[Congressional Record Volume 162, Number 175 (Tuesday, December 6, 2016)]
[Page S6755]

                    TRIBUTE TO JAMES R. CLAPPER, JR.

  Mrs. FEINSTEIN. Mr. President, today I wish to pay tribute to a true 
leader in every sense of the word. James R. Clapper, Jr., has had a 
defining impact on the U.S. Intelligence Community over his past half-
century of service. As of today, he has served 2,190 days as the 
Director of National Intelligence, DNI, which makes him the longest 
serving DNI, surpassing the combined time of all the Directors who 
served before him. Director Clapper has dedicated his life to the field 
of intelligence, and his contributions to the Nation are significant.
  Jim Clapper began his distinguished career as a rifleman in the U.S. 
Marine Corps Reserve, before becoming a commissioned officer in the 
U.S. Air Force in 1963. For 31 years, he served this Nation in various 
intelligence capacities, commanding signals intelligence operations 
both inside the United States and overseas. From 1991-1995, he served 
as the Director of the Defense Intelligence Agency, retiring with the 
rank of lieutenant general. After 6 years in the private sector, he 
took over the reins of the National Imagery and Mapping Agency in 2001 
and spearheaded its transformation into today's National Geospatial-
Intelligence Agency.
  In 2007, President George W. Bush nominated General Clapper to serve 
as the Department of Defense's chief intelligence officer as the Under 
Secretary of Defense for Intelligence, where he served in both the Bush 
and Obama administrations. President Obama nominated Jim Clapper to 
serve as the Director of National Intelligence in 2010, only the fourth 
person to serve in that position since its creation in the Intelligence 
Reform and Terrorism Prevention Act of 2004.
  As the chairman of the Senate Select Committee on Intelligence, I was 
initially concerned that General Clapper's military background would be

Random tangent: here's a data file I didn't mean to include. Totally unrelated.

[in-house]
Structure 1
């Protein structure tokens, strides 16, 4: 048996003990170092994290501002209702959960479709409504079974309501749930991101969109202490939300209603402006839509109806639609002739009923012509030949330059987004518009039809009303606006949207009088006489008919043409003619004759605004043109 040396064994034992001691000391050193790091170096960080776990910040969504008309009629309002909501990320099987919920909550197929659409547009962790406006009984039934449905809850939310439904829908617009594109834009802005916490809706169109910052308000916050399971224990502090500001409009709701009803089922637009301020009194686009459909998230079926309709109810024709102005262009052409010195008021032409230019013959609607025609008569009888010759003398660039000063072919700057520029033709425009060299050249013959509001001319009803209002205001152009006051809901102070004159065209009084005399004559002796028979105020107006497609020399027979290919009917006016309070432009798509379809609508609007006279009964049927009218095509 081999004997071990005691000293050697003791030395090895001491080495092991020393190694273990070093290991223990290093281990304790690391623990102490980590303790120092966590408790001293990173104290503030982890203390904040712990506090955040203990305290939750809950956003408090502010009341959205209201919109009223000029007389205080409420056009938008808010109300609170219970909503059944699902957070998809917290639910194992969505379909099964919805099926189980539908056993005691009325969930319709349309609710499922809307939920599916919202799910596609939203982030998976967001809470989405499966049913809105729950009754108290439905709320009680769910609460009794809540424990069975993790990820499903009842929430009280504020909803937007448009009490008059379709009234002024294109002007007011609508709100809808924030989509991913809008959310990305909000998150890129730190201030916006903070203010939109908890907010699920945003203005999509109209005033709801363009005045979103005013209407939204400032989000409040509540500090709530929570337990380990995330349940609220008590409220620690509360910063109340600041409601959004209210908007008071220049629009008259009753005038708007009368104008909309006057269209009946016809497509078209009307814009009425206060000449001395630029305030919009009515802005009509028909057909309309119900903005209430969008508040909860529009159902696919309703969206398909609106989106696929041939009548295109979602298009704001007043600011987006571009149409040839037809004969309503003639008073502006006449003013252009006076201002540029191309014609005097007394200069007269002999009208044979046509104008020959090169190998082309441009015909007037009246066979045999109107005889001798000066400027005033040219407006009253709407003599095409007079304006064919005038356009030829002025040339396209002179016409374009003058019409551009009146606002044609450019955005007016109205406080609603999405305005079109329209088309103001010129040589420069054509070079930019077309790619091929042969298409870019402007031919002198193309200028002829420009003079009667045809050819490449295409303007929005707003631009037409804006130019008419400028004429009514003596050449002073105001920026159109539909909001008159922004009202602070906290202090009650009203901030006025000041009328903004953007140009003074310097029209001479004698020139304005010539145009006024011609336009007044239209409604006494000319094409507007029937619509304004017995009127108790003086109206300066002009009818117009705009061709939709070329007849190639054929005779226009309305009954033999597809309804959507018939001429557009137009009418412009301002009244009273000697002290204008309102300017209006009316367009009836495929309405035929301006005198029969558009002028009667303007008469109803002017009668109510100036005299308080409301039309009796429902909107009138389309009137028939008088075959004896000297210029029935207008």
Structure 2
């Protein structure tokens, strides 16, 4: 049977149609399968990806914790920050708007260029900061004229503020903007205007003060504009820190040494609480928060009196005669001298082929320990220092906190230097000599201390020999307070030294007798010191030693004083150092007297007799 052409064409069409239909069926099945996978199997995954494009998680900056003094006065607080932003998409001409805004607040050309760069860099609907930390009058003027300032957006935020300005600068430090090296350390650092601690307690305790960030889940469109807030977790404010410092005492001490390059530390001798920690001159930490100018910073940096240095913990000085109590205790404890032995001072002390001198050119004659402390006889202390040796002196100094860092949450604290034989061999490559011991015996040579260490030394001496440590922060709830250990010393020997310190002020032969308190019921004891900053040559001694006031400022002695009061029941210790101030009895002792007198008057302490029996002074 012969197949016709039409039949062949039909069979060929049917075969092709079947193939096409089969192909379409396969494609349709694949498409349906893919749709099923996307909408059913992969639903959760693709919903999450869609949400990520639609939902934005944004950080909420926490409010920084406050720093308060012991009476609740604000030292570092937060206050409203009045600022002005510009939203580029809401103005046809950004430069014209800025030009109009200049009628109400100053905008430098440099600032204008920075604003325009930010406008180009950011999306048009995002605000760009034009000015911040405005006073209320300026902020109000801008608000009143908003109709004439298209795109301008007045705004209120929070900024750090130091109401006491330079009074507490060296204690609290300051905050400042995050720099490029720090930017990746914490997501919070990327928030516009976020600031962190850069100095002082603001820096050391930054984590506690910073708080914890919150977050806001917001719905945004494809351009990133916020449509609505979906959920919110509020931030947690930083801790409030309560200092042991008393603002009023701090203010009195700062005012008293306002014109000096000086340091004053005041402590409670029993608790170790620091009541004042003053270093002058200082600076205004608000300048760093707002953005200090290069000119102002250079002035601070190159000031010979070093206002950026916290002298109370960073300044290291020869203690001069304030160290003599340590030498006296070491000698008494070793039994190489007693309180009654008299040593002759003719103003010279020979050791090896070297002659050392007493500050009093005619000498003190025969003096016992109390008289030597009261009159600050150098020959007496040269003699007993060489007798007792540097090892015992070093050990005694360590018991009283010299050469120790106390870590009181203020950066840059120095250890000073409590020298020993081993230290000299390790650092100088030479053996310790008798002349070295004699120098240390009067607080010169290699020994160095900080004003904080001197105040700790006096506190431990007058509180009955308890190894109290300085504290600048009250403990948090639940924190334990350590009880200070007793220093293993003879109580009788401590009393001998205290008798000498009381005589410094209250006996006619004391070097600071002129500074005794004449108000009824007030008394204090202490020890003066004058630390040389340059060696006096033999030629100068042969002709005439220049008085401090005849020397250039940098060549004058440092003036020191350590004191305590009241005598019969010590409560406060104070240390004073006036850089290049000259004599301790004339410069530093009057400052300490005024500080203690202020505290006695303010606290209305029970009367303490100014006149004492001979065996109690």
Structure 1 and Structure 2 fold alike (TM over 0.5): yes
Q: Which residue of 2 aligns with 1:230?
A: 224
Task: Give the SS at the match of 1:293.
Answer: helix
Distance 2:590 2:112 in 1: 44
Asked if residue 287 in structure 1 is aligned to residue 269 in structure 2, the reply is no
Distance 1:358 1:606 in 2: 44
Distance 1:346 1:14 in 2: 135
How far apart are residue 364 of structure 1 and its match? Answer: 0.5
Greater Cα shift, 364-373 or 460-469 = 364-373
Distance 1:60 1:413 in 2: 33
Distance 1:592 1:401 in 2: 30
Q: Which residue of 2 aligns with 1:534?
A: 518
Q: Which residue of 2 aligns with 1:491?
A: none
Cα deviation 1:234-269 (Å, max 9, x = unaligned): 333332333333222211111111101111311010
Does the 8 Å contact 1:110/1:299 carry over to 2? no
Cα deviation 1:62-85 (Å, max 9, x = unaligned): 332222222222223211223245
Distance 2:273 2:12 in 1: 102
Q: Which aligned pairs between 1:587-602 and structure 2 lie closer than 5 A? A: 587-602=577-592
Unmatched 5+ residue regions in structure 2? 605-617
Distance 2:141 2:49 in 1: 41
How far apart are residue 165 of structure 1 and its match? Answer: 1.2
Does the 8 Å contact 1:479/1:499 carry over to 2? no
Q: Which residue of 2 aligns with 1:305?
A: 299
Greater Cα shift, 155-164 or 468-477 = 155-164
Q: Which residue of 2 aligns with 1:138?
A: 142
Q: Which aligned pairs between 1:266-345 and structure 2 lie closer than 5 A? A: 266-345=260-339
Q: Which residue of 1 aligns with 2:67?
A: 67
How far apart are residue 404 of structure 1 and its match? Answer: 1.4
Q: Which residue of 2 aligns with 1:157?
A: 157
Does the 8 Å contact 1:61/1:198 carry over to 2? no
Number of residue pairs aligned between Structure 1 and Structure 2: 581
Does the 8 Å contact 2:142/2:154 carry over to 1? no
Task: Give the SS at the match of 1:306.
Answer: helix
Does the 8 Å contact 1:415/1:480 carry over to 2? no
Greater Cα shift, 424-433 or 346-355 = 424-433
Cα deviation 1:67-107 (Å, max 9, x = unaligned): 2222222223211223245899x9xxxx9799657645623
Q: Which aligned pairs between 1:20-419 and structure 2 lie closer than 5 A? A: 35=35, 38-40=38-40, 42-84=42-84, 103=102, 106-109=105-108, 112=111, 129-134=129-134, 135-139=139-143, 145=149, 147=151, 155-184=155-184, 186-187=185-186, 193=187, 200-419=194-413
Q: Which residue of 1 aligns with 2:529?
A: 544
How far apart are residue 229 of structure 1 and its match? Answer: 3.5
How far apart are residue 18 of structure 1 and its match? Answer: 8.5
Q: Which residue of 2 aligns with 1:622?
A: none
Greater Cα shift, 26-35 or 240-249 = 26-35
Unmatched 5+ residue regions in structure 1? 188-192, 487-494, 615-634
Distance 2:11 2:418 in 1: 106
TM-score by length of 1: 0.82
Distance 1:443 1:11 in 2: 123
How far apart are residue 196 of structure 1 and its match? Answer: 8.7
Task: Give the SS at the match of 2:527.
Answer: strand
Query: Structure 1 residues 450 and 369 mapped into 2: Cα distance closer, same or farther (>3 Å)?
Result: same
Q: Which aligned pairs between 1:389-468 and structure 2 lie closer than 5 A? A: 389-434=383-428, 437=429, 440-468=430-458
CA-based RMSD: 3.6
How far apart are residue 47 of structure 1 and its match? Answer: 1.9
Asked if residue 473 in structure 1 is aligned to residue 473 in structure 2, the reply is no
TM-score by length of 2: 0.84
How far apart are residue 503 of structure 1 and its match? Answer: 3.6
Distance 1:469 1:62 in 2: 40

inappropriate to lead a mostly civilian intelligence enterprise. He 
made clear his intent to lead objectively and in the best interest of 
intelligence, and he did. He brought important stability to this 
position. During the next 6 years, he and I talked frequently and 
discussed many topics of critical importance to this Nation. We also 
discussed changes he sought to implement to improve the operations of 
the intelligence community. These changes had, and will continue to 
have, a positive and lasting impact on the intelligence community.
  During his tenure as DNI, Director Clapper focused relentlessly on 
intelligence integration, with a definitive focus on mission. He made 
important changes in how the Office of the Director of National 
Intelligence operated, including creating National Intelligence 
Managers, who oversaw the integration efforts across the intelligence 
community for specific mission areas. He put in place a planning, 
programming, budgeting, and evaluation system that set priorities, 
managed resources, and evaluated effectiveness of each taxpayer dollar 
being spent. He also began the ambitious goal of creating a common 
information technology infrastructure, known as the Intelligence 
Community Information Technology Enterprise, IC ITE, that will 
dramatically serve to improve intelligence integration. In addition, 
Director Clapper brought increased transparency to the intelligence 
community so that the public can have greater confidence in our 
intelligence capabilities and their appropriate use. His 
accomplishments are too many to enumerate here, but suffice it to say 
that his positive legacy within the intelligence community will 
continue for years to come.
  Part of Director Clapper's strength as the Director of National 
Intelligence has been his deep understanding of this Nation's 
intelligence activities and his extensive network of colleagues with 
whom he worked across the intelligence enterprise to help serve the 
users of intelligence, be they policymakers, warfighters, law 
enforcement, or national security officials. His commitment to 
advancing women and minorities in the field of intelligence is 
particularly noteworthy. He selected the first woman to lead a major 
intelligence agency, naming Betty Sapp to be Director of the National 
Reconnaissance Office. He also named Tricia Long to be Director of the 
National Geospatial-Intelligence Agency and recruited Stephanie 
O'Sullivan to be Principal Deputy Director for National Intelligence as 
his partner in creating and instituting change in the intelligence 
  While Jim Clapper portrays a somewhat gruff exterior, his concern for 
his employees and quiet sensitivities are well known to the countless 
staff who have received hand-written notes from him extolling exemplary 
work, congratulations on births and weddings, or heartfelt condolences 
for the loss of a loved one.
  Today I want to congratulate him on his remarkable career and offer 
my gratitude for his decades of commitment and sacrifices to this 
Nation. I also thank his wife, Susan, who herself was an NSA employee, 
for her unfailing support over their 51-year marriage that allowed for 
the successes that Jim has achieved. The Nation owes this patriot a 
debt of gratitude.